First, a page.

This second set of Atlantic classic jazz reissues from Rhino is just as attractively and imaginatively packaged as the first, and the music is just as seminal. I wonder why no one had this idea earlier: instead of trying to approximate LP packaging in and around a jewel box, Rhino here simply shrinks the actual original LP sleeve of these jazz classics down to CD size. Additional tracks are added. This mini-LP is then enclosed within a folder that reproduces the original liner notes in a more eye-friendly type size than on the mini-jacket, and adds new notes and photos. A wonderfully inviting package.
And the music! Last year they gave us loving remasterings of classics like Coltrane's Giant Steps and Ornette Coleman's Free Jazz ; this year's crop is no less abundant: Art Blakey's Jazz Messengers with Thelonious Monk, Coltrane's Sound, and Mingus' The Clown and Oh Yeah.
Art Blakey's Jazz Messengers with Thelonious Monk1957
If this isn't the best recording Thelonious Monk ever made, it's close. And that only means that it's one of the greatest examples of jazz music, period. Blakey's dynamic drumming seems to give Thelonious a shot of energy - and not just the pianist. Tenor man Johnny Griffin and trumpeter Bill Hardman recorded with Monk elsewhere, but never with this much fire. In a characteristic moment, Griffin charges through "In Walked Bud" with glorious fury, only to give way to one of Monk's most dramatic solos ever, bursting with daring rhythmic invention and harmonic abstraction. Monk's solo on "Blue Monk" is another dashing, lurching masterpiece. "I Mean You" is invested with superabundant exuberance. Griffin's "Purple Shades" is a lesser-known but utterly right finale, topped off here by three recently discovered alternatie takes of "Evidence," "Blue Monk," and "I Mean You."
My friend, if you don't like this one, you don't like jazz.
One of Trane's most often overlooked, and loveliest, albums. Coltrane's Sound owes its undeserved obscurity in part to the fact that although the tracks on it were recorded during the same marathon November 1960 sessions that produced My Favorite Things, Coltrane's Sound wasn't released until 1964. By that time Coltrane was investigating fiery realms of the spirit, and even to his loyal fans this album must have seemed inconsequential by comparison. Yet as an album it is more cohesive and better paced than My Favorite Things, and contains several gems of the master's "middle period": a passionate but lyrical take on "The Night Has a Thousand Eyes," and three lovely, beguiling little masterworks: "Central Park West," "Liberia," and "Equinox." In this edition it's fitted out with another genial track from the same sessions, "26-2," and an alternate take of "Body and Soul," which Coltrane revitalizes in characteristic fashion. This one is as essenti! al as the Monk disc.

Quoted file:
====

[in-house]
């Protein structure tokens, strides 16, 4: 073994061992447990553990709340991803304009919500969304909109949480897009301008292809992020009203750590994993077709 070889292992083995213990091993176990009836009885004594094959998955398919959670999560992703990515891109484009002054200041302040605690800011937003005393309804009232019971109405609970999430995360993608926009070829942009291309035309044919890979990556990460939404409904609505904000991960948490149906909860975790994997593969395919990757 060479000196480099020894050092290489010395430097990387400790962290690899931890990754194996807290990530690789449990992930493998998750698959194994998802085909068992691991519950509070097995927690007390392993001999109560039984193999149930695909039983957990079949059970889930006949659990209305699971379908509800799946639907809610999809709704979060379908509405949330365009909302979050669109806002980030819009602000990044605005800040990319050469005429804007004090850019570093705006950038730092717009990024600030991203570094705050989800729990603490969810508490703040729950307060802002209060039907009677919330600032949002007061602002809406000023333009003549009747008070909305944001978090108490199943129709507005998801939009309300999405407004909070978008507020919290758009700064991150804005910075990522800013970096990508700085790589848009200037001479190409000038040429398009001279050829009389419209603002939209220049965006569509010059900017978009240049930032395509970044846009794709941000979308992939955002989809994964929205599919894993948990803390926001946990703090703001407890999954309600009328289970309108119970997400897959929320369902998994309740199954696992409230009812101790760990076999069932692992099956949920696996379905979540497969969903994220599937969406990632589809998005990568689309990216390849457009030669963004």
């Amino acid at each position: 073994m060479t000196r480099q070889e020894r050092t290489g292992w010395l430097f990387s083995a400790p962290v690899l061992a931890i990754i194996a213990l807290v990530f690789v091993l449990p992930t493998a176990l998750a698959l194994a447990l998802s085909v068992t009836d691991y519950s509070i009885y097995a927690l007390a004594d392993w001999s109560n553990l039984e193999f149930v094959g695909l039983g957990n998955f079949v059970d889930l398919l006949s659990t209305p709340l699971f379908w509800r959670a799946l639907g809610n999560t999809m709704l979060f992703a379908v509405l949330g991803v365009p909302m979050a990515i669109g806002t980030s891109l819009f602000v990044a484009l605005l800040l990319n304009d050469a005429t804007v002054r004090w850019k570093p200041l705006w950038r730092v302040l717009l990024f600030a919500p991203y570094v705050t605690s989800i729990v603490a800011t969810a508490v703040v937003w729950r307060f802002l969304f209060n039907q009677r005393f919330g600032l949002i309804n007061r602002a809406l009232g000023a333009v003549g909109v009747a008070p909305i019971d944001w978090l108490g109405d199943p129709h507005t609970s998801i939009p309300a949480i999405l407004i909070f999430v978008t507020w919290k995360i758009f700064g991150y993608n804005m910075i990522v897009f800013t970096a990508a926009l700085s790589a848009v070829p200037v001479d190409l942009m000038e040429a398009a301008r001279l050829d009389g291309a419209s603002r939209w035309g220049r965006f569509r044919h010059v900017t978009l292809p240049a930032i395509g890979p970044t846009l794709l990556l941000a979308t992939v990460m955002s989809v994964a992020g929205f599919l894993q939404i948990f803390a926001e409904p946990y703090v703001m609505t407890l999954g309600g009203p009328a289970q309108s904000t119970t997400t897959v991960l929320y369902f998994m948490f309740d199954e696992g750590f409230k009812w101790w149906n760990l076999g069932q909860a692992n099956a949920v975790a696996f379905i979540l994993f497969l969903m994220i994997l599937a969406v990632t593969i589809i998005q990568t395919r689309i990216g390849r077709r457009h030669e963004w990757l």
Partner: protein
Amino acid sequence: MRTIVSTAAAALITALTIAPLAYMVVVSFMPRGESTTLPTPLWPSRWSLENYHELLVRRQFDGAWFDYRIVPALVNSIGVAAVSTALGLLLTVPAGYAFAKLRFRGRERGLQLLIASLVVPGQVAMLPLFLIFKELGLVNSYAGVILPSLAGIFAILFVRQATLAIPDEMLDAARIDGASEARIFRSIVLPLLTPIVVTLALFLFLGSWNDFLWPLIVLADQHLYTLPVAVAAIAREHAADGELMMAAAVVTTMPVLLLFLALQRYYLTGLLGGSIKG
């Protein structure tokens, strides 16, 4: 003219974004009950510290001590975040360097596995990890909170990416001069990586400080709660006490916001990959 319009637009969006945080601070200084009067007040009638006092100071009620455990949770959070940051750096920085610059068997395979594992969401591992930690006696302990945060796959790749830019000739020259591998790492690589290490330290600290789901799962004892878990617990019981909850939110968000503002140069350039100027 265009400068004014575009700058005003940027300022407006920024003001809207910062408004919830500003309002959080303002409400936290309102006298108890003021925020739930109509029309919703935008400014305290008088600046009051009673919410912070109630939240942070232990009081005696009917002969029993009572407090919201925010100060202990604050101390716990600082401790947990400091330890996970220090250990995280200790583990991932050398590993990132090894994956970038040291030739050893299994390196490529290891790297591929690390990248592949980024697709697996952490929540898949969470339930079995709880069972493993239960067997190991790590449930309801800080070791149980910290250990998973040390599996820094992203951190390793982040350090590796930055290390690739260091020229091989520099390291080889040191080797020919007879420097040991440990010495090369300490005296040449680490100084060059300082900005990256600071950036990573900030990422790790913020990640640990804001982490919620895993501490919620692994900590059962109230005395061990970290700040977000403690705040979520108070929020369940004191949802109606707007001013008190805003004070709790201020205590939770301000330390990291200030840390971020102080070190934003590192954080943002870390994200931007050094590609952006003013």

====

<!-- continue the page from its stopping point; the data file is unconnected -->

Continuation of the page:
The Clown 1957
"The Clown." Is it about Mingus? Someone he knew? Is it just a story? Whatever, it's the centerpiece of a great disc, made even greater here by the addition of two tracks that were recorded at the same time as the original album but wouldn't fit on the LP: the gorgeous "Passions of a Woman Loved" and "Tonight at Noon." These join the magnificently powerful take here of "Haitian Fight Song" and the titanic "Reincarnation of a Lovebird." The instrumentalists are headed by the nonpareil trombonist Jimmy Knepper, who makes one long for an instrumental version of the title track. But this one will do just fine, thank you.
Mingus plays only piano - no bass at all - on this disc, but its most noteworthy feature is his singing. Much of it resembles the off-mike exhortations to the other musicians that can be found on many of his other recordings - this time they're on mike. But he also honest-to-goodness sings, in a grainy bluesman's voice, the blues "Devil Woman" and "Oh Lord Don't Let Them Drop That Atomic Bomb on Me." "Ecclusiastics" is a glorious Pentecostal prayer meeting. The playing is magnificent throughout: "Hog Callin'Blues" is distinguished by Mr. Rahsaan Roland Kirk's multiphonic tenor sax as the hog, and he, Knepper, and the whole ensemble whip "Ecclusiastics" to a holy frenzy. The three additional tracks now reunited with their session mates - "'Old' Blues for Walt's Torin," "Peggy's Blue Skylight," and "Invisible Lady" - are somewhat more restrained, but no less brimming with passionate, top-flight musicianship. A classic worthy of the name.